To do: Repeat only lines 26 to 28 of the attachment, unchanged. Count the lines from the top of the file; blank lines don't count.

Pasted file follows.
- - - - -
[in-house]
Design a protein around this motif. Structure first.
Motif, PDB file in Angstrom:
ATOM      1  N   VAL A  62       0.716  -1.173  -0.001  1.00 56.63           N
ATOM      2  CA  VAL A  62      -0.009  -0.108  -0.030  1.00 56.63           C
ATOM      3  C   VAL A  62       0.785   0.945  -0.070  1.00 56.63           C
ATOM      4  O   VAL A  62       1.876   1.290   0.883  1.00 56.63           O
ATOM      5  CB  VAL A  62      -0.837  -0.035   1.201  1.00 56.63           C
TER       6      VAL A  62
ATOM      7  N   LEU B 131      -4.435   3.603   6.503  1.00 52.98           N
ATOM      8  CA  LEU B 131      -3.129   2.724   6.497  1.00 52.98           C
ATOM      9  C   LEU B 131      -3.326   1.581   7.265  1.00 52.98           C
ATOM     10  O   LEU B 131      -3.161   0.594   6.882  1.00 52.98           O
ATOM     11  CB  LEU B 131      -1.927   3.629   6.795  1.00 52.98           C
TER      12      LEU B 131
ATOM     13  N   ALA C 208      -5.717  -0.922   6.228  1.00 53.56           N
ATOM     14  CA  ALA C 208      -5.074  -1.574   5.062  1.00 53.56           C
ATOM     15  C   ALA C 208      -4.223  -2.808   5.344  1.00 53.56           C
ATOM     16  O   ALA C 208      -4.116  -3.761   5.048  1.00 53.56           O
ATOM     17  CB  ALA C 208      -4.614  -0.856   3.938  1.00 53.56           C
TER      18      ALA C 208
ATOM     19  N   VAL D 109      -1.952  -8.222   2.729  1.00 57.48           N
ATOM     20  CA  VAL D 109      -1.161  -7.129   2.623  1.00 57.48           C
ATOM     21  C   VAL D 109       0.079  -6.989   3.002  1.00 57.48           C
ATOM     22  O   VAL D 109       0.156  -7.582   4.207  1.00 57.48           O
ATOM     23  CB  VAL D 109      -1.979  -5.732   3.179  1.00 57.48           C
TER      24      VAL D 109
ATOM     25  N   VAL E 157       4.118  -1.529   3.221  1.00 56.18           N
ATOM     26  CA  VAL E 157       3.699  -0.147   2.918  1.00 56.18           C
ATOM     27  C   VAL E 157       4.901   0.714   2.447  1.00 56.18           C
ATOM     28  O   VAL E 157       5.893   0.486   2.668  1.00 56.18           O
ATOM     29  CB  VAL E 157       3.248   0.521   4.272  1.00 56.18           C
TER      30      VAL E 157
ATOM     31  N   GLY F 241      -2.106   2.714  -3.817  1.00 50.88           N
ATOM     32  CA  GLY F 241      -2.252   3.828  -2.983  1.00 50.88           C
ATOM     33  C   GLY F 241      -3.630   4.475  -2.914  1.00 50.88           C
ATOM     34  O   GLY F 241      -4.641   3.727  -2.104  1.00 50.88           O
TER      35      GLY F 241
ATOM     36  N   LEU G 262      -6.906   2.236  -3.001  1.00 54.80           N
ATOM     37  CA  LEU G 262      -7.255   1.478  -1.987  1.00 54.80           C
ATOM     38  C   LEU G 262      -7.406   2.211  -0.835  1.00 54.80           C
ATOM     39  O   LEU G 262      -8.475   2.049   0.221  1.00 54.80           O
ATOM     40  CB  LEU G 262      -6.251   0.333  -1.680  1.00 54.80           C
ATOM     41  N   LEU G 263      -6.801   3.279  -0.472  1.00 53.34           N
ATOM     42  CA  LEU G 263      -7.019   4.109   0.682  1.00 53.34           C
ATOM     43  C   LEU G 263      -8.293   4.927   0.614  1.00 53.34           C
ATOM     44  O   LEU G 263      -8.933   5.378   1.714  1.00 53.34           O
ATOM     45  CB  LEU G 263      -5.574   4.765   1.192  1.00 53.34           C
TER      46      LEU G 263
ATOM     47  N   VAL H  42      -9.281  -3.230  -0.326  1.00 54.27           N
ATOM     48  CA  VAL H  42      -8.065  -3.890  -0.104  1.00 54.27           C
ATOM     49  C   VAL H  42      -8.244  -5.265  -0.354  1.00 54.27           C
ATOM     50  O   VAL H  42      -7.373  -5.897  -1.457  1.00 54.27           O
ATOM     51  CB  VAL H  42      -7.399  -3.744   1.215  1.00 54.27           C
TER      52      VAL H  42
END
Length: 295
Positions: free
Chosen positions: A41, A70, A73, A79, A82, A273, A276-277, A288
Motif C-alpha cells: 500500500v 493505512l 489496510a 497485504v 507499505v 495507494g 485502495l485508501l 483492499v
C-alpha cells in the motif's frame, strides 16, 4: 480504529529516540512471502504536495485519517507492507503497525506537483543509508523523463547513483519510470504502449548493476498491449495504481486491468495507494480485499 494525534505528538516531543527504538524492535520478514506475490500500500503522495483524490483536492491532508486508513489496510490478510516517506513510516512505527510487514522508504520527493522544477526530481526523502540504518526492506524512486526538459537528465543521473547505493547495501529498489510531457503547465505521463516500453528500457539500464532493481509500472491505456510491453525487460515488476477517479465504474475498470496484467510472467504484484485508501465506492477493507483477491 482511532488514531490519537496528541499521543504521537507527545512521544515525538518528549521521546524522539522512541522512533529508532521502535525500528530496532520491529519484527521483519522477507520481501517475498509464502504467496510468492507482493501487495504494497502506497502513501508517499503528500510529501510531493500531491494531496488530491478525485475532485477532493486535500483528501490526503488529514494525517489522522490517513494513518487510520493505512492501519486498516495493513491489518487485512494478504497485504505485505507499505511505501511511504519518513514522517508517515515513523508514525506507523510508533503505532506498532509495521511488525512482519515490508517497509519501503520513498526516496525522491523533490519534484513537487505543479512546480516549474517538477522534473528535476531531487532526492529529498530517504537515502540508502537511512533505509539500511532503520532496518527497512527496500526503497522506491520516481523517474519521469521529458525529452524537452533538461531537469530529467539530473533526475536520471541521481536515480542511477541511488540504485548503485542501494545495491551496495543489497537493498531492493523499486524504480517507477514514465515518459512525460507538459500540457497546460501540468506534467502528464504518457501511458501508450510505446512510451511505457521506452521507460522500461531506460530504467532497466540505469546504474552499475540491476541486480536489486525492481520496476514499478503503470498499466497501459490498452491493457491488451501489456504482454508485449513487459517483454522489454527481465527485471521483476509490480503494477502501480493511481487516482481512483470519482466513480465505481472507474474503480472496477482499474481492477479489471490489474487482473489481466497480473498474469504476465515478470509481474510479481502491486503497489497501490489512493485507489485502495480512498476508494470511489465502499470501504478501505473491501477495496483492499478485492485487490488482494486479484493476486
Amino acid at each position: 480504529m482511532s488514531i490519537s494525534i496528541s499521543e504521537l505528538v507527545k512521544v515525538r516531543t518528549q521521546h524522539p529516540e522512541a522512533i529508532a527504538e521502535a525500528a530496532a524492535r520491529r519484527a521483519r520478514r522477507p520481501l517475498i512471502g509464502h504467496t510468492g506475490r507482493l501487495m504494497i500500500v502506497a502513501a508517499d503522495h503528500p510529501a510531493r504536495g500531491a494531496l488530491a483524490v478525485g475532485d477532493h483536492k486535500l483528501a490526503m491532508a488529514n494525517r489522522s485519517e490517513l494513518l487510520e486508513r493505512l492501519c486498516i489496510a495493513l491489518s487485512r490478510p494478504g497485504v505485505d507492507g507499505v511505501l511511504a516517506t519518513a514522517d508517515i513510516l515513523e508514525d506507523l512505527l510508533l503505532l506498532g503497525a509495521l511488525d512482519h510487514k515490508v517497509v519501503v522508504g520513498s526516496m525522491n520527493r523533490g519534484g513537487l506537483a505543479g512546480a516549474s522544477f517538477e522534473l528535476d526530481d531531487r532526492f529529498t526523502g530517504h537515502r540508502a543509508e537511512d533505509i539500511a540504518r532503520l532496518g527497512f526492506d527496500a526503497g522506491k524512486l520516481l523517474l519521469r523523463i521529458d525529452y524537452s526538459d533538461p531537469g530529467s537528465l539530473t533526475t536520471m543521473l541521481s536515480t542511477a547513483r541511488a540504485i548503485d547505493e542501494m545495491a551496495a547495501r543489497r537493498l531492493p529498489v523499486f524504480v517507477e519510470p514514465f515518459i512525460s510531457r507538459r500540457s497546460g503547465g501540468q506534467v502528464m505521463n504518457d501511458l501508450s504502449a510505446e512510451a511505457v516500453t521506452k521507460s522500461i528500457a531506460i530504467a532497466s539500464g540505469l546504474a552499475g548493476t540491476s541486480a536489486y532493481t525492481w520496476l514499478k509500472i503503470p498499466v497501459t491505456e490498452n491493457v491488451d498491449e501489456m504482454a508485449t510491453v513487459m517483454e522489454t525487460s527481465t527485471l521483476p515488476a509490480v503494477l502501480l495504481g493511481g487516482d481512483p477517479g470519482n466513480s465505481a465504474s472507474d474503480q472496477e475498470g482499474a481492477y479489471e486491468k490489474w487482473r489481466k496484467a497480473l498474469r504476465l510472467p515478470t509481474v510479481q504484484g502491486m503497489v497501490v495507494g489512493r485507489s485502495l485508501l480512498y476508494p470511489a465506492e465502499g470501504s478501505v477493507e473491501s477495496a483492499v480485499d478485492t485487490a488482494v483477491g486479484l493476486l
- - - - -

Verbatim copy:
ATOM     23  CB  VAL D 109      -1.979  -5.732   3.179  1.00 57.48           C
TER      24      VAL D 109
ATOM     25  N   VAL E 157       4.118  -1.529   3.221  1.00 56.18           N